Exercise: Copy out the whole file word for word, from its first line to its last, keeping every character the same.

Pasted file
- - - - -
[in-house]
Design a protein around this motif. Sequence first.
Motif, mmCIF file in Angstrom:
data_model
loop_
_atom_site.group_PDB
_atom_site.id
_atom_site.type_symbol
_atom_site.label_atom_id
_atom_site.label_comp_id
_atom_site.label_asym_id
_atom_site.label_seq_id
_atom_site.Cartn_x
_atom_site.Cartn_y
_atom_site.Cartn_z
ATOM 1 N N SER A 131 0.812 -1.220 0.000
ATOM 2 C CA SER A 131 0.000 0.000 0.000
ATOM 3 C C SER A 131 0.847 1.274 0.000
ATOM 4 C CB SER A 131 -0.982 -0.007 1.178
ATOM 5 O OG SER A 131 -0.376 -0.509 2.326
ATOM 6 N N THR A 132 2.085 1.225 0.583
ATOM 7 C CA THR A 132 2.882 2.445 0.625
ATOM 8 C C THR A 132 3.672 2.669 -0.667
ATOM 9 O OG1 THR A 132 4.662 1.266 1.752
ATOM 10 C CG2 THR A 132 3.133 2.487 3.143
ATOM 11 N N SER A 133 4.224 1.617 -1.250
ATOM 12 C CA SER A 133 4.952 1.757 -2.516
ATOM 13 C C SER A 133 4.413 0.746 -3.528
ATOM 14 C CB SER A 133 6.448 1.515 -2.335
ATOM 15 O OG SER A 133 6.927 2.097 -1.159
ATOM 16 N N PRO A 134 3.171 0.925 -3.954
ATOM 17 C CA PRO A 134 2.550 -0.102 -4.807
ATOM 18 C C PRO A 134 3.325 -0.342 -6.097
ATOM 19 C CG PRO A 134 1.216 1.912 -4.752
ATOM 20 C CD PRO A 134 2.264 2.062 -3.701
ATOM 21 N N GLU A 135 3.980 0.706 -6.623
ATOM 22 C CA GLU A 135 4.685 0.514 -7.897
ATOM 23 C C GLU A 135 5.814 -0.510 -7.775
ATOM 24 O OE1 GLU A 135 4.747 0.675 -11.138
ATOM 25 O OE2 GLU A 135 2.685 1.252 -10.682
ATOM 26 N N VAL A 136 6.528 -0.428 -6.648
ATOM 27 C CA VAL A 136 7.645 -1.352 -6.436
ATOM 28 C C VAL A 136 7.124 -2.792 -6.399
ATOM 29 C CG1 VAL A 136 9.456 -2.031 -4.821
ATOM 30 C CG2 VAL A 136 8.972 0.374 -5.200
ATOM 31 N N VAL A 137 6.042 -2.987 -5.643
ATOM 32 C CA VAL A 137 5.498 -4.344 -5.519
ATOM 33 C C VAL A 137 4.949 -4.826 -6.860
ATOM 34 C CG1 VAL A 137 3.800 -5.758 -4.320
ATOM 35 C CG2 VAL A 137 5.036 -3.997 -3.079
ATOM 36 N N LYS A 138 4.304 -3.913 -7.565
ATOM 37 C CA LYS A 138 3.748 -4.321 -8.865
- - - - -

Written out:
[in-house]
Design a protein around this motif. Sequence first.
Motif, mmCIF file in Angstrom:
data_model
loop_
_atom_site.group_PDB
_atom_site.id
_atom_site.type_symbol
_atom_site.label_atom_id
_atom_site.label_comp_id
_atom_site.label_asym_id
_atom_site.label_seq_id
_atom_site.Cartn_x
_atom_site.Cartn_y
_atom_site.Cartn_z
ATOM 1 N N SER A 131 0.812 -1.220 0.000
ATOM 2 C CA SER A 131 0.000 0.000 0.000
ATOM 3 C C SER A 131 0.847 1.274 0.000
ATOM 4 C CB SER A 131 -0.982 -0.007 1.178
ATOM 5 O OG SER A 131 -0.376 -0.509 2.326
ATOM 6 N N THR A 132 2.085 1.225 0.583
ATOM 7 C CA THR A 132 2.882 2.445 0.625
ATOM 8 C C THR A 132 3.672 2.669 -0.667
ATOM 9 O OG1 THR A 132 4.662 1.266 1.752
ATOM 10 C CG2 THR A 132 3.133 2.487 3.143
ATOM 11 N N SER A 133 4.224 1.617 -1.250
ATOM 12 C CA SER A 133 4.952 1.757 -2.516
ATOM 13 C C SER A 133 4.413 0.746 -3.528
ATOM 14 C CB SER A 133 6.448 1.515 -2.335
ATOM 15 O OG SER A 133 6.927 2.097 -1.159
ATOM 16 N N PRO A 134 3.171 0.925 -3.954
ATOM 17 C CA PRO A 134 2.550 -0.102 -4.807
ATOM 18 C C PRO A 134 3.325 -0.342 -6.097
ATOM 19 C CG PRO A 134 1.216 1.912 -4.752
ATOM 20 C CD PRO A 134 2.264 2.062 -3.701
ATOM 21 N N GLU A 135 3.980 0.706 -6.623
ATOM 22 C CA GLU A 135 4.685 0.514 -7.897
ATOM 23 C C GLU A 135 5.814 -0.510 -7.775
ATOM 24 O OE1 GLU A 135 4.747 0.675 -11.138
ATOM 25 O OE2 GLU A 135 2.685 1.252 -10.682
ATOM 26 N N VAL A 136 6.528 -0.428 -6.648
ATOM 27 C CA VAL A 136 7.645 -1.352 -6.436
ATOM 28 C C VAL A 136 7.124 -2.792 -6.399
ATOM 29 C CG1 VAL A 136 9.456 -2.031 -4.821
ATOM 30 C CG2 VAL A 136 8.972 0.374 -5.200
ATOM 31 N N VAL A 137 6.042 -2.987 -5.643
ATOM 32 C CA VAL A 137 5.498 -4.344 -5.519
ATOM 33 C C VAL A 137 4.949 -4.826 -6.860
ATOM 34 C CG1 VAL A 137 3.800 -5.758 -4.320
ATOM 35 C CG2 VAL A 137 5.036 -3.997 -3.079
ATOM 36 N N LYS A 138 4.304 -3.913 -7.565
ATOM 37 C CA LYS A 138 3.748 -4.321 -8.865